When planning our “grand tour” of Germany in Aug/Sep 2013 I checked the locations of Germany’s Pile Dwellings and discovered that one, titled “Blaustein-Ehrenstein”, was situated a few kms NW of Ulm. Our chosen direct route wasn’t far away and Ulm was, in any case, a German city I quite wanted to visit – so off we set! Now, in all honesty, we didn’t expect much – the excavations would certainly have been back-filled but a picture on the Blaustein town Web site appeared to show an open area http://www.blaustein.de/de/freizeit-tourismus/steinzeitdorf-ehrenstein.html
This was confirmed by the brochure about the site which contained other photos of digs from the 1960s
So hopefully we would gain a general view of the site and would surely find an explanatory board and a plaque indicating the site’s “world significance”!
At this point it is perhaps worth placing “Blaustein-Ehrenstein” in context within the overall inscription. The AB evaluation indicates that there are 937 known “pit dwelling” sites across Europe - 156 of these were nominated but ICOMOS asked whether this could be reduced and 111 were inscribed . This reduction must have happened quite late on as the Nomination file still contains the full 156. However the Map section on the UNESCO site shows only those for the inscribed 111 - so do NOT use the Nomination File to determine whether a site is inscribed!! The documentation indicates that there are 3 types of site – Lacustrian, Bog and River Flood Plains. Blaustein is described as the “most northerly inscribed example” and is of the latter type. Its area is 1.33 ha making it the 6th smallest among the German sites. Its code (DE-BW-21) indicated that it was Baden-Wurtenburg’s 21st and last site (There are also 3 in Bavaria including Ian Cade’s Roseinsel) but 6 of these were sacrificed during the inscription process . Other facts garnered from the nomination file were - “Ehrenstein is among the best preserved wetland settlements in SW Germany. It plays a key role in our understanding of the key developments of the Schussenried culture. The research historical (sic) site has a high potential for future research”… It is Neolithic from 4000-3500BC … It was discovered in 1952 and the last archaeological activity (a trial trench) took place in 1999. ….it was “Repeatedly rebuilt, houses stood gable-end on with a narrow alleyway” …and was ”important for limestone jewellery discs” …. “The site is the only one related to the Schussenried culture on the list and represents a rare example of a pile dwelling in a river valley The site has a thick cultural layer containing at least 5 construction horizons with complete houses, fireplaces, ovens following each other within one century”….It was “Situated on what is probably an ancient pass route over the Swabian Alp to the settlements of the Michelberg culture on the middle Neckar” . Interestingly the site at the type site of Schussenehied, which is also inscribed, doesn’t seem to provide a good example of a Schussenheid culture village but has been overlaid by later cultures – “Remains of the Pfyn-Altheim group occupation layers are present …. The Schussenhied culture village was probably similarly organized allowing conjectural mapping”. So, on the basis of the Nomination File, the site of Balustein-Ehrenstein had some special significance among all those nominated locations which presumably had justified it remaining among those which finally obtained WHS inscription!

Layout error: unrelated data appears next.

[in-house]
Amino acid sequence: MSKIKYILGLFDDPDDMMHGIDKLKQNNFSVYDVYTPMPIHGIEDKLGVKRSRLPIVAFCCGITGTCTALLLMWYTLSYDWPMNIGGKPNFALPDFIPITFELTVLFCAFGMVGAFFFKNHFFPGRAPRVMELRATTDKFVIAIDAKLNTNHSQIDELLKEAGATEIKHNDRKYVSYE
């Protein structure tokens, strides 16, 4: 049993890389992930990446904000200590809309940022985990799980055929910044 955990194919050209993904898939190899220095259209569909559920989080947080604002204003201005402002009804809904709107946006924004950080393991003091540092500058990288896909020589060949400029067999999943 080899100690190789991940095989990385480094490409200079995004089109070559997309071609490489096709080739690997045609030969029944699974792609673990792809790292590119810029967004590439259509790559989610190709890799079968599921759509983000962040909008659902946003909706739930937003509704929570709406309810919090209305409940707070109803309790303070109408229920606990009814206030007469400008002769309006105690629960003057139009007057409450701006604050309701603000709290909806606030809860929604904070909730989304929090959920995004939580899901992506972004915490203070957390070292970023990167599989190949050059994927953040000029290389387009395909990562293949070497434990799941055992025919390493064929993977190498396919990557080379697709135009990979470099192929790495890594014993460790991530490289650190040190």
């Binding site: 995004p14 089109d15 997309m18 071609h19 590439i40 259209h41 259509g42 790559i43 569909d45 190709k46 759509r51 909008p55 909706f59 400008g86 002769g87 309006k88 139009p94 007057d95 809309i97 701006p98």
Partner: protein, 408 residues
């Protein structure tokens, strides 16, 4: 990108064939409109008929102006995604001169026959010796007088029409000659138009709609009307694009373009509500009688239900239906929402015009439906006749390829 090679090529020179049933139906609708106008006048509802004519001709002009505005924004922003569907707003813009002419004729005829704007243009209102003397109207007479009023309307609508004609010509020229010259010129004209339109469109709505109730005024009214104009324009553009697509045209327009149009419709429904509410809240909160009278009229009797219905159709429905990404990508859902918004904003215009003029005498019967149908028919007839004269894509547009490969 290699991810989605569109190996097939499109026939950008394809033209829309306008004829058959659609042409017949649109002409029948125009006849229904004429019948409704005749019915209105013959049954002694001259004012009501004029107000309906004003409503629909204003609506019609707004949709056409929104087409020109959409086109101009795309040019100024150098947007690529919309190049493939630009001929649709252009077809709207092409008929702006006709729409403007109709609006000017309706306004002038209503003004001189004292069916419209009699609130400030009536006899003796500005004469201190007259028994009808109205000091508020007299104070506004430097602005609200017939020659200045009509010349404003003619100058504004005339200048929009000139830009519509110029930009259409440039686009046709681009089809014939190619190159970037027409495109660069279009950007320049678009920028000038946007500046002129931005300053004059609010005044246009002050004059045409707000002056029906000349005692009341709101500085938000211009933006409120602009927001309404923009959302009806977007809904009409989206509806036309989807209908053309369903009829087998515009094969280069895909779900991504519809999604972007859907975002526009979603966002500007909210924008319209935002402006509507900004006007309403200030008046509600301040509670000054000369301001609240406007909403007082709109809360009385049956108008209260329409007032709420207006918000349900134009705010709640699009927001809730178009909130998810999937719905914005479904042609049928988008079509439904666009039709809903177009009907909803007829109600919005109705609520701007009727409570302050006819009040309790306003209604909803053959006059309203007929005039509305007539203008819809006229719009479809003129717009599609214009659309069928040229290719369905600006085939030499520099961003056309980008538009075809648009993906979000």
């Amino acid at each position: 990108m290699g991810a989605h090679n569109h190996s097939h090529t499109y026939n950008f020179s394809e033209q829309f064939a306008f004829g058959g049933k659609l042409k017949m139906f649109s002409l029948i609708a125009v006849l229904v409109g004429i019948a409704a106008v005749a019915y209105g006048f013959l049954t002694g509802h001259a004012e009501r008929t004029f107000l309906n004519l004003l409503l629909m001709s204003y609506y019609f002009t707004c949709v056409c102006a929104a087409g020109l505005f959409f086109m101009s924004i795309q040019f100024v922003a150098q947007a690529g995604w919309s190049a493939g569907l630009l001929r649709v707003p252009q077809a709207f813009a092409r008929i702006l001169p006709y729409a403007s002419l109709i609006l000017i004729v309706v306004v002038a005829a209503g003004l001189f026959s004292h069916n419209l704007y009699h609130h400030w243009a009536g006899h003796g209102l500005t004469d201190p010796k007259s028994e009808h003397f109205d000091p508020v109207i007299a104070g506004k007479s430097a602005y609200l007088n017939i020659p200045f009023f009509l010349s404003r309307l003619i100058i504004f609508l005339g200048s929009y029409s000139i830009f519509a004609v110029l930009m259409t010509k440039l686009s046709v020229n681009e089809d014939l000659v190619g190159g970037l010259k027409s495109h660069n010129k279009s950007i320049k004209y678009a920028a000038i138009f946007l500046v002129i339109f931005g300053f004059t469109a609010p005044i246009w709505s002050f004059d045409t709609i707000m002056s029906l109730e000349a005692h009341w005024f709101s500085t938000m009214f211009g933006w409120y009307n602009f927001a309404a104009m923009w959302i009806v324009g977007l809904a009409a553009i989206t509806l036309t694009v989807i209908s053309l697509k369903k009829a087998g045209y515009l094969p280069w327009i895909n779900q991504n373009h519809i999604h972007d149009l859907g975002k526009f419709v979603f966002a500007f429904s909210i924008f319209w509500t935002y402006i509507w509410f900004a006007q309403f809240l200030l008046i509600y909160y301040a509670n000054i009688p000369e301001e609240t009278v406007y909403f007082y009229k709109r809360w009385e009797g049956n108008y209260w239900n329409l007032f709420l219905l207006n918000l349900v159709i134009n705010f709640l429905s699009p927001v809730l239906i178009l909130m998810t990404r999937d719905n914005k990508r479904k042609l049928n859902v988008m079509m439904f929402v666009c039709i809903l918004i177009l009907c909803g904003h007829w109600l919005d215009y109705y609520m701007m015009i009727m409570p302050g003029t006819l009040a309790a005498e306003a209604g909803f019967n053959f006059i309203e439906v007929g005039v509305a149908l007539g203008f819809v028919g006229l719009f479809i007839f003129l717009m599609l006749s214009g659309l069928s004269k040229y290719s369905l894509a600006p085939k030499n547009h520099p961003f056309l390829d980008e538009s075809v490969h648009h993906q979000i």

So I committed all this background detail and the Nomination File’s very detailed map of site to my iPod. In the middle of the map was a “confidence-building” green line surrounded by a red one representing the core and buffer zones respectively, situated just to the north of the B28 local road which I could find on my German road map! However, when we reached Blaustein, an immediate problem was that the area looked nothing like the photos or the map!! Indeed the Google satellite view as of Sept 2013 still shows a new road/bridge being built which wasn’t on the Nomination file map. Having allowed for this new road and using rivers and railway lines for guidance we eventually tracked down the site to a location just behind a “RAN Tankstelle” which faced the now completed new road! The open ground shown on the photos had beome heavily forested with new-growth trees and a berm had been raised around a part of the site – the rest of the area facing the road was fenced with a locked gate. Of signage or any acknowledgement that this piece of land was “UNESCO inscribed” there was nothing! I climbed the berm and made my way through the forest to arrive inside the fenced zone. Sure enough, as shown on my map, the river Blau cut its way diagonally across the site so I was definitely in the middle of the Core Area!! But all that could be seen were some piles of logs and a “road works” sign (photo) whilst, somewhere beneath my feet, lay the remains of a c6000 year old village!